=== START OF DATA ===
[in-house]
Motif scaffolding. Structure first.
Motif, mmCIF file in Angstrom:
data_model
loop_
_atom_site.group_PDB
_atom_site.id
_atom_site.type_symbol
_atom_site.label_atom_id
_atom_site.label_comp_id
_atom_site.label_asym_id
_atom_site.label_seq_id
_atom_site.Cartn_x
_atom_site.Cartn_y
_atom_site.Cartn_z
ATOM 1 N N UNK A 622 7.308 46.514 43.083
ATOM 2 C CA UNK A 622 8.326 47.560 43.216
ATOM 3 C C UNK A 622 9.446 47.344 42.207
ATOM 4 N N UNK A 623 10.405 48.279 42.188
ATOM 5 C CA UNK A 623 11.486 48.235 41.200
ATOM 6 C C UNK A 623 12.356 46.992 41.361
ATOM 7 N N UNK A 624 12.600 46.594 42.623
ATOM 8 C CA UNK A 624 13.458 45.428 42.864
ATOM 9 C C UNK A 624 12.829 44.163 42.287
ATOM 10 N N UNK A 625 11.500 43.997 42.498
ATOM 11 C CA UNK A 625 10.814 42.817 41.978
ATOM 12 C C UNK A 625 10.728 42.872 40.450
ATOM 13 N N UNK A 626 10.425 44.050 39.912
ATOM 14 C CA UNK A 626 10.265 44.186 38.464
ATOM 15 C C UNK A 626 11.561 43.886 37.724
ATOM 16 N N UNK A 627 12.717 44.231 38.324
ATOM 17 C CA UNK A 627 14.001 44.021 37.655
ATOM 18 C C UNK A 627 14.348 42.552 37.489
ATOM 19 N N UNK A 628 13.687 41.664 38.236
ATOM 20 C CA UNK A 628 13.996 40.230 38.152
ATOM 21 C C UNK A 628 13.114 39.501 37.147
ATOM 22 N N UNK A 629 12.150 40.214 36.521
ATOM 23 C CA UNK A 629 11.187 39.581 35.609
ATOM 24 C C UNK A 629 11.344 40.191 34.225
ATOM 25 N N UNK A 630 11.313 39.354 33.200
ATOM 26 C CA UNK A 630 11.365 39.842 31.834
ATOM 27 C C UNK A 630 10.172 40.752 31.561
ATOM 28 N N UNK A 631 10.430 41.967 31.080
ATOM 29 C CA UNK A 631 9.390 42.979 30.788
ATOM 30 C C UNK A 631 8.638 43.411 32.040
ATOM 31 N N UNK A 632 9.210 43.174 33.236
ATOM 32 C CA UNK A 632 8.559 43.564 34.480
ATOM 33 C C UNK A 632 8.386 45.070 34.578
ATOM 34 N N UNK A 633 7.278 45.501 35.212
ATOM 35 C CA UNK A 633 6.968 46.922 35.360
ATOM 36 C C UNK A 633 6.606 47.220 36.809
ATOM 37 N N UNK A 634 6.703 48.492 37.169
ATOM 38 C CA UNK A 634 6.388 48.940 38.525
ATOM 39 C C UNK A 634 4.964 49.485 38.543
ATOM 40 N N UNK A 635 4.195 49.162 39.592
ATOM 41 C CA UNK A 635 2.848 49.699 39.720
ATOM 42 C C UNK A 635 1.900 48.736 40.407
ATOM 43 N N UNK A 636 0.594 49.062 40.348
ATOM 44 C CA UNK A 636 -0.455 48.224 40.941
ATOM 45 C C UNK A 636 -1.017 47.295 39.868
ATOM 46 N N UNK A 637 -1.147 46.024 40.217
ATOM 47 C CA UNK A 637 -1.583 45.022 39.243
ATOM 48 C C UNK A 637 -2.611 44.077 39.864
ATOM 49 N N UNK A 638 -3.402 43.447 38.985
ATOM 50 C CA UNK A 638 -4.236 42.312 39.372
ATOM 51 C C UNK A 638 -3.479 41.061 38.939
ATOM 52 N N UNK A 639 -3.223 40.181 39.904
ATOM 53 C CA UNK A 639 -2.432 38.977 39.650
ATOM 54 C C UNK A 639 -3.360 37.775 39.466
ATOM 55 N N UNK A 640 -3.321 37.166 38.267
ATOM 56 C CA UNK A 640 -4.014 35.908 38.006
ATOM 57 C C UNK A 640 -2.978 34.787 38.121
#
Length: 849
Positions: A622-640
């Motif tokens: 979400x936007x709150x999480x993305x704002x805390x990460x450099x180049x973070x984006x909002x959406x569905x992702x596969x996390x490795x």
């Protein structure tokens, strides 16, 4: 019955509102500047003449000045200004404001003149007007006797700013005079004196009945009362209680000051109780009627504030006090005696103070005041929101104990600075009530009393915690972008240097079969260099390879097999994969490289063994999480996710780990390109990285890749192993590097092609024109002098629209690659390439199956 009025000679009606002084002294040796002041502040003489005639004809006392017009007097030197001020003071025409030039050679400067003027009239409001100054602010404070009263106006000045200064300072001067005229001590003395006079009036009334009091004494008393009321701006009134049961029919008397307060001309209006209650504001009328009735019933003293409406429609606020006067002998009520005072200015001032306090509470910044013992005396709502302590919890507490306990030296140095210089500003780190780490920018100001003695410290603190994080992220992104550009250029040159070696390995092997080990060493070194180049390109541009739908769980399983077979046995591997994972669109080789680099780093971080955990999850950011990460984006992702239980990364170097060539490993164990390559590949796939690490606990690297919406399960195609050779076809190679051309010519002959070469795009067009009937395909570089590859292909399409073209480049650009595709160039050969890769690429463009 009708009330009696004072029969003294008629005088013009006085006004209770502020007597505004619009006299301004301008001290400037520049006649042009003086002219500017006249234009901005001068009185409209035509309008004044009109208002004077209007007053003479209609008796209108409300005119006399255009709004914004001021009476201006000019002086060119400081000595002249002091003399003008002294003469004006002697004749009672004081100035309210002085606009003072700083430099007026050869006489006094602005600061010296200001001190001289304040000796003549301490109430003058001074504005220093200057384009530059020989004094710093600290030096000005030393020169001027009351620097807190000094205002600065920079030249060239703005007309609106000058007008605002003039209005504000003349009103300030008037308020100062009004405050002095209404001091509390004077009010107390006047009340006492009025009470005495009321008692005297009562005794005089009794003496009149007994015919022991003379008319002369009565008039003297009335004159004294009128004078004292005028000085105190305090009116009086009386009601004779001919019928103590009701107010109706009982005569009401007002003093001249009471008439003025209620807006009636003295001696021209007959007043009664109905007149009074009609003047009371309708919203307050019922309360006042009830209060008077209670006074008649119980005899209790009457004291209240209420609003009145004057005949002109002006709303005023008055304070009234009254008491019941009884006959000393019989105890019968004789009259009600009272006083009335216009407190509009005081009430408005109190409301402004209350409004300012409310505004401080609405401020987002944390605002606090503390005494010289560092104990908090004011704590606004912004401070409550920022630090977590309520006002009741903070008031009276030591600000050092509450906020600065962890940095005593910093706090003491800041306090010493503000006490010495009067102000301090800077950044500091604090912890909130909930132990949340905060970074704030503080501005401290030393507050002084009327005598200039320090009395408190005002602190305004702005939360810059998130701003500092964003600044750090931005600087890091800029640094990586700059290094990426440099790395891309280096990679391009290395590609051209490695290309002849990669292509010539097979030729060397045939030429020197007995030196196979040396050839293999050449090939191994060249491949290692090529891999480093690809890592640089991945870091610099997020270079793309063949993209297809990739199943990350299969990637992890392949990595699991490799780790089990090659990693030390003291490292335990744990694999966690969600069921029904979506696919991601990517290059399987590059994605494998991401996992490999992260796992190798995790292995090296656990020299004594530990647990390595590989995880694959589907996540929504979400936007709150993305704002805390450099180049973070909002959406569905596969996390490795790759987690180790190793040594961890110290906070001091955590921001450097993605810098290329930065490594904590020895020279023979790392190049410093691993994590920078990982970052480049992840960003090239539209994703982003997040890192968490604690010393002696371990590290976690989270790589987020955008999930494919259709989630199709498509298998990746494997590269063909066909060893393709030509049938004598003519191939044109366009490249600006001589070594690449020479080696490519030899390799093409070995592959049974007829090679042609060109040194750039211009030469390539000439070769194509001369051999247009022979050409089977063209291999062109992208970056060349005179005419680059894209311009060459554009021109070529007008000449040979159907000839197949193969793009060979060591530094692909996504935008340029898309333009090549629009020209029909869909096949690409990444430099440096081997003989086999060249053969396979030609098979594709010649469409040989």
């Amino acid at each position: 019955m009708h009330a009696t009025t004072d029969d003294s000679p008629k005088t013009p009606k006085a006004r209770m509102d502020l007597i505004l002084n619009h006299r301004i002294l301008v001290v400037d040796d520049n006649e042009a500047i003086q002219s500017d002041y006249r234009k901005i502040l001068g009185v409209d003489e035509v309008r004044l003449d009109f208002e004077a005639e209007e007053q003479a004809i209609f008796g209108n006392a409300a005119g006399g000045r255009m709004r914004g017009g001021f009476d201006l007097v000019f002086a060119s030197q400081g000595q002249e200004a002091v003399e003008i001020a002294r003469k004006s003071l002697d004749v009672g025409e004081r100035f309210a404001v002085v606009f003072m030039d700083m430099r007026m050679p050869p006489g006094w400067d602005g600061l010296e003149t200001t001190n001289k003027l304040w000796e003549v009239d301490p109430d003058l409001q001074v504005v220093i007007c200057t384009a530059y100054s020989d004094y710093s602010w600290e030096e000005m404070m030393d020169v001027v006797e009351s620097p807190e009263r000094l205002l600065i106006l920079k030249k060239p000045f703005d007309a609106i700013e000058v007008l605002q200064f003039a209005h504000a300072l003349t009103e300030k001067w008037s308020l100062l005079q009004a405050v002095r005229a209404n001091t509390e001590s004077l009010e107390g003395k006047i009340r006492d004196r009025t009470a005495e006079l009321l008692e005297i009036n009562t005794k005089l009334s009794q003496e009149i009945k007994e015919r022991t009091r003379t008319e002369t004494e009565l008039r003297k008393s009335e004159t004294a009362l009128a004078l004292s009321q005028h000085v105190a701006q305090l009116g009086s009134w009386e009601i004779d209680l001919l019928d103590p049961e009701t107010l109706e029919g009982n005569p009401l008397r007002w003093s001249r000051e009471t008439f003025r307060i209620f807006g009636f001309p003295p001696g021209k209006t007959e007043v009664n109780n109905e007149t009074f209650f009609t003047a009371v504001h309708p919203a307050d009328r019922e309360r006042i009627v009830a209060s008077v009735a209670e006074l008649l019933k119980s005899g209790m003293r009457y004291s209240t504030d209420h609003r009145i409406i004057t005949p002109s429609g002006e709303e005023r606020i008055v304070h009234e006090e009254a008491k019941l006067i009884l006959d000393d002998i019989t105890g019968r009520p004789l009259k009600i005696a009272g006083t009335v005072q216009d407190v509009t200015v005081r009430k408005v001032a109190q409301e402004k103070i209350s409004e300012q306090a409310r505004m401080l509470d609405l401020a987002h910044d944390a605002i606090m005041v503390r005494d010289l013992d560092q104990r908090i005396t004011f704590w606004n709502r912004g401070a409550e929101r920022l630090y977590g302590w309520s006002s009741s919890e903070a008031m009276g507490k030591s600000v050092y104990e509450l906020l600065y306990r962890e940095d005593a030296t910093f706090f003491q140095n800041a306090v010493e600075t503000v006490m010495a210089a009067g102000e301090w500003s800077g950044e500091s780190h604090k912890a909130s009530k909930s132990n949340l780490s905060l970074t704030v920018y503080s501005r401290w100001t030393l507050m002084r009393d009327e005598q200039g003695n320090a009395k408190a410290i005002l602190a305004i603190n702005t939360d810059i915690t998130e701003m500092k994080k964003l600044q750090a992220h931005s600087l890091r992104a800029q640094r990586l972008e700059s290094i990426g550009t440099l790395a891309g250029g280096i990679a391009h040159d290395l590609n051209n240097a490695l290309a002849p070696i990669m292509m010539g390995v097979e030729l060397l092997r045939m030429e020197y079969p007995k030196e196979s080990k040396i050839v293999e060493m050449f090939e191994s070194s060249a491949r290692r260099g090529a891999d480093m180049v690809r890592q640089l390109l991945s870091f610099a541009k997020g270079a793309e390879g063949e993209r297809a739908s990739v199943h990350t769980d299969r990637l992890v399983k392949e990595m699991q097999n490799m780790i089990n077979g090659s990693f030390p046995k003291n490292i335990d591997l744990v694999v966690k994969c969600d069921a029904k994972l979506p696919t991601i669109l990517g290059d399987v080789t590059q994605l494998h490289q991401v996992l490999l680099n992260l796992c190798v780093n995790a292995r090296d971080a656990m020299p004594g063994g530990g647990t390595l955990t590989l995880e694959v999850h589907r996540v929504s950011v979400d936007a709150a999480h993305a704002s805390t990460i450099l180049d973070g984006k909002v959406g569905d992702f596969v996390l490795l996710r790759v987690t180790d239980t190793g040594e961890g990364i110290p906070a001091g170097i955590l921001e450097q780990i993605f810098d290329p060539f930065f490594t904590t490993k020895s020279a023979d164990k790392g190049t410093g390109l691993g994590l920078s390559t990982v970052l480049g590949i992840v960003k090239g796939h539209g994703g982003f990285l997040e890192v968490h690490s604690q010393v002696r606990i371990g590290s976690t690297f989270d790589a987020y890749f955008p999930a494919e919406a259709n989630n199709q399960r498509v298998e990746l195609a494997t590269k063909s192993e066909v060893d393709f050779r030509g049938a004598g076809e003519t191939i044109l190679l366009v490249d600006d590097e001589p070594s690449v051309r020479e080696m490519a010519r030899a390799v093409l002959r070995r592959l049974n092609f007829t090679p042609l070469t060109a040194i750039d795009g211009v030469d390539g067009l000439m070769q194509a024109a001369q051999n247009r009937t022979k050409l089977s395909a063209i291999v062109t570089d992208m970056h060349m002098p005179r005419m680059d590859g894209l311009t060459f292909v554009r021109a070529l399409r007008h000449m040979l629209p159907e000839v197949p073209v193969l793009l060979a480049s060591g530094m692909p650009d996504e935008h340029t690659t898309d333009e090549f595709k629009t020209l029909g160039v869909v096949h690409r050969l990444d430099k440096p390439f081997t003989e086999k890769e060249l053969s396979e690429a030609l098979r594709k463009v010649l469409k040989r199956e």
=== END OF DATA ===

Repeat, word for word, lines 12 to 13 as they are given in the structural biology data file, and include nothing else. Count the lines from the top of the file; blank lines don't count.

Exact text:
_atom_site.label_seq_id
_atom_site.Cartn_x